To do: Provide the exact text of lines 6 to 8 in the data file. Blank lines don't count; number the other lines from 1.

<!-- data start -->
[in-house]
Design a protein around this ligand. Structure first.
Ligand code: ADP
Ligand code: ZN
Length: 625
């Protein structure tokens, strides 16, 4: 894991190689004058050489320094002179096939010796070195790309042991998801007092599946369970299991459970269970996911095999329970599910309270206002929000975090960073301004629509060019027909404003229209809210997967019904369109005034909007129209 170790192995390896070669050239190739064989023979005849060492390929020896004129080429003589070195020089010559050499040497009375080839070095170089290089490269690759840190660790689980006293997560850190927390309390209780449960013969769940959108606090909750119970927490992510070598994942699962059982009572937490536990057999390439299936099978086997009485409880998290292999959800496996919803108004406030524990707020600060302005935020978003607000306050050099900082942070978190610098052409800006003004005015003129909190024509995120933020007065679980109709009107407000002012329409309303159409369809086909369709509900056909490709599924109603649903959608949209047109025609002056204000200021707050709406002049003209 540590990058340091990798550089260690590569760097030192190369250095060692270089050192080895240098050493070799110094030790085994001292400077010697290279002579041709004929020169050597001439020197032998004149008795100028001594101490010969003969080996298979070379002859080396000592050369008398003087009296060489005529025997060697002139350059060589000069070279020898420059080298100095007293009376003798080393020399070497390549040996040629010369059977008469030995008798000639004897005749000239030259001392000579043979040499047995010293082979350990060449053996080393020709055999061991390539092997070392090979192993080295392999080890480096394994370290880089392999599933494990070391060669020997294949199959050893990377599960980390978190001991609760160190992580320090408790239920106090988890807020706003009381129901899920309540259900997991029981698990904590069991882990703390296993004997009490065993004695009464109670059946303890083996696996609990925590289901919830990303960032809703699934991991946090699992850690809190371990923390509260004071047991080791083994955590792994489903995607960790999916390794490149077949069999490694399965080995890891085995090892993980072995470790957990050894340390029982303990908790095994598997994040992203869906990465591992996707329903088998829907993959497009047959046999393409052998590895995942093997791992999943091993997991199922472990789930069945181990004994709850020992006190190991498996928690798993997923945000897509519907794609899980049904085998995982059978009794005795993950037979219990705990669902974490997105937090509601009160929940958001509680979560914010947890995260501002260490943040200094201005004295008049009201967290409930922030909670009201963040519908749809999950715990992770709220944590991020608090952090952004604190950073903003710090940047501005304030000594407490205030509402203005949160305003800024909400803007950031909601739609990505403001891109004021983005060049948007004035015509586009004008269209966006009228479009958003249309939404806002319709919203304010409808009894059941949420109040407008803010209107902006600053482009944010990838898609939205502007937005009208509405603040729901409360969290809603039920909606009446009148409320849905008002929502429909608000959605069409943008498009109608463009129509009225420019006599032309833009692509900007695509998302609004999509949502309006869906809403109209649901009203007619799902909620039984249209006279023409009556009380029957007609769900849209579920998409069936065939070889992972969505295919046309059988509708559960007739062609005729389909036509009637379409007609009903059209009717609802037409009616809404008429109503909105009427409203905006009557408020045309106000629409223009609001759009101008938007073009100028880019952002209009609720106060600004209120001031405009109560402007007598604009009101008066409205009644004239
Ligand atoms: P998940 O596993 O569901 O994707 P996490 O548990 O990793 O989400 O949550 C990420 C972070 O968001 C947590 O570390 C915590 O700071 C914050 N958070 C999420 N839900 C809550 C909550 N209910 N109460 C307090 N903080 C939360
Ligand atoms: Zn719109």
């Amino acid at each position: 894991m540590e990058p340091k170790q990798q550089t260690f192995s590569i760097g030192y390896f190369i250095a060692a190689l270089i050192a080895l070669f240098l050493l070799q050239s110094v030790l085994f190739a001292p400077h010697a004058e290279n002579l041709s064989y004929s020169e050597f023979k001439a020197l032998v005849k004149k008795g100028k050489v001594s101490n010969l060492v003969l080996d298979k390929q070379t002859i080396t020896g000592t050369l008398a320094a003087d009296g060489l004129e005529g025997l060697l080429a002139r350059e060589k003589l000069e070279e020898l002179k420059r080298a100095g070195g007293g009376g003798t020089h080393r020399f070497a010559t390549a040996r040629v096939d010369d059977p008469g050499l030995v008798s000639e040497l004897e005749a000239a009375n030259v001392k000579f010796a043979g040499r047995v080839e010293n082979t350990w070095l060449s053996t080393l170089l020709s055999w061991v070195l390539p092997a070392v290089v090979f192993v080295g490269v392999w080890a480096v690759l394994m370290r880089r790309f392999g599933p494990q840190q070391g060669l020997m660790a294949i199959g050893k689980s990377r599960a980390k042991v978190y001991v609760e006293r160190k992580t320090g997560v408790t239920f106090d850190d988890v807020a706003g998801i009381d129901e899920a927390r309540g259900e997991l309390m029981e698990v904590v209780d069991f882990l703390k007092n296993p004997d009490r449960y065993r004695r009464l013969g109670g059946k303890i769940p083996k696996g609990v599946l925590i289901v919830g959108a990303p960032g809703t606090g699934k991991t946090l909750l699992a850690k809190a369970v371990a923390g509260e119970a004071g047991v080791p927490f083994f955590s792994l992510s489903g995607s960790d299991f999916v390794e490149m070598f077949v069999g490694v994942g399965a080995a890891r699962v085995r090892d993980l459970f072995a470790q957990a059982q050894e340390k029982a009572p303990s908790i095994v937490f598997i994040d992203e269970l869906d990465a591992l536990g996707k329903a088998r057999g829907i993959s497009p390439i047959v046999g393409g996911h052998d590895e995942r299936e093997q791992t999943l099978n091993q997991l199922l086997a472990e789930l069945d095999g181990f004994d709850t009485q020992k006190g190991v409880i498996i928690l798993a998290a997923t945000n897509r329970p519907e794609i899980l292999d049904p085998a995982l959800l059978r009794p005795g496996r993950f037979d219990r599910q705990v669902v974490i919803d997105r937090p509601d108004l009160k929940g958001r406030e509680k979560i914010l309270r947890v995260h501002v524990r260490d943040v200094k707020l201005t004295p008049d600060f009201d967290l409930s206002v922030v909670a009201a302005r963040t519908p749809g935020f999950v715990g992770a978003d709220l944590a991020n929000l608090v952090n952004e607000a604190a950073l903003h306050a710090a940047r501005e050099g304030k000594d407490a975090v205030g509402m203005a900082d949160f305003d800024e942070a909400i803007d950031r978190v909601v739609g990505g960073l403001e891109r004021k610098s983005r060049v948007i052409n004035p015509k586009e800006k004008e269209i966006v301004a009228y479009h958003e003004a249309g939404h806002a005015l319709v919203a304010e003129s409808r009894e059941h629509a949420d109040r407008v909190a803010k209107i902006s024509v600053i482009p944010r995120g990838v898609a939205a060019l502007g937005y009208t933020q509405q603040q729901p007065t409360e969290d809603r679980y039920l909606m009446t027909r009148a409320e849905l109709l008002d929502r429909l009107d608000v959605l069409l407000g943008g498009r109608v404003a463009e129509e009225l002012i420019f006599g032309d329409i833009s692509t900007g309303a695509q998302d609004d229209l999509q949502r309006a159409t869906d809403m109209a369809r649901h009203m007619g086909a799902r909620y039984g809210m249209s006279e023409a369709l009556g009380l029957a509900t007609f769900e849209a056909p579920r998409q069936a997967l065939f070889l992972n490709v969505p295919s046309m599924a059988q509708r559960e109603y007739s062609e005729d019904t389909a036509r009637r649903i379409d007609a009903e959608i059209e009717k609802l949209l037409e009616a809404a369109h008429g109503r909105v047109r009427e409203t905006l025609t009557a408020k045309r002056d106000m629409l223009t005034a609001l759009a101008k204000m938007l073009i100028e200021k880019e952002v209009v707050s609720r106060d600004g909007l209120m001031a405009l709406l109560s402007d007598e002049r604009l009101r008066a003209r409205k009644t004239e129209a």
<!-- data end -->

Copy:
């Protein structure tokens, strides 16, 4: 894991190689004058050489320094002179096939010796070195790309042991998801007092599946369970299991459970269970996911095999329970599910309270206002929000975090960073301004629509060019027909404003229209809210997967019904369109005034909007129209 170790192995390896070669050239190739064989023979005849060492390929020896004129080429003589070195020089010559050499040497009375080839070095170089290089490269690759840190660790689980006293997560850190927390309390209780449960013969769940959108606090909750119970927490992510070598994942699962059982009572937490536990057999390439299936099978086997009485409880998290292999959800496996919803108004406030524990707020600060302005935020978003607000306050050099900082942070978190610098052409800006003004005015003129909190024509995120933020007065679980109709009107407000002012329409309303159409369809086909369709509900056909490709599924109603649903959608949209047109025609002056204000200021707050709406002049003209 540590990058340091990798550089260690590569760097030192190369250095060692270089050192080895240098050493070799110094030790085994001292400077010697290279002579041709004929020169050597001439020197032998004149008795100028001594101490010969003969080996298979070379002859080396000592050369008398003087009296060489005529025997060697002139350059060589000069070279020898420059080298100095007293009376003798080393020399070497390549040996040629010369059977008469030995008798000639004897005749000239030259001392000579043979040499047995010293082979350990060449053996080393020709055999061991390539092997070392090979192993080295392999080890480096394994370290880089392999599933494990070391060669020997294949199959050893990377599960980390978190001991609760160190992580320090408790239920106090988890807020706003009381129901899920309540259900997991029981698990904590069991882990703390296993004997009490065993004695009464109670059946303890083996696996609990925590289901919830990303960032809703699934991991946090699992850690809190371990923390509260004071047991080791083994955590792994489903995607960790999916390794490149077949069999490694399965080995890891085995090892993980072995470790957990050894340390029982303990908790095994598997994040992203869906990465591992996707329903088998829907993959497009047959046999393409052998590895995942093997791992999943091993997991199922472990789930069945181990004994709850020992006190190991498996928690798993997923945000897509519907794609899980049904085998995982059978009794005795993950037979219990705990669902974490997105937090509601009160929940958001509680979560914010947890995260501002260490943040200094201005004295008049009201967290409930922030909670009201963040519908749809999950715990992770709220944590991020608090952090952004604190950073903003710090940047501005304030000594407490205030509402203005949160305003800024909400803007950031909601739609990505403001891109004021983005060049948007004035015509586009004008269209966006009228479009958003249309939404806002319709919203304010409808009894059941949420109040407008803010209107902006600053482009944010990838898609939205502007937005009208509405603040729901409360969290809603039920909606009446009148409320849905008002929502429909608000959605069409943008498009109608463009129509009225420019006599032309833009692509900007695509998302609004999509949502309006869906809403109209649901009203007619799902909620039984249209006279023409009556009380029957007609769900849209579920998409069936065939070889992972969505295919046309059988509708559960007739062609005729389909036509009637379409007609009903059209009717609802037409009616809404008429109503909105009427409203905006009557408020045309106000629409223009609001759009101008938007073009100028880019952002209009609720106060600004209120001031405009109560402007007598604009009101008066409205009644004239
Ligand atoms: P998940 O596993 O569901 O994707 P996490 O548990 O990793 O989400 O949550 C990420 C972070 O968001 C947590 O570390 C915590 O700071 C914050 N958070 C999420 N839900 C809550 C909550 N209910 N109460 C307090 N903080 C939360
Ligand atoms: Zn719109």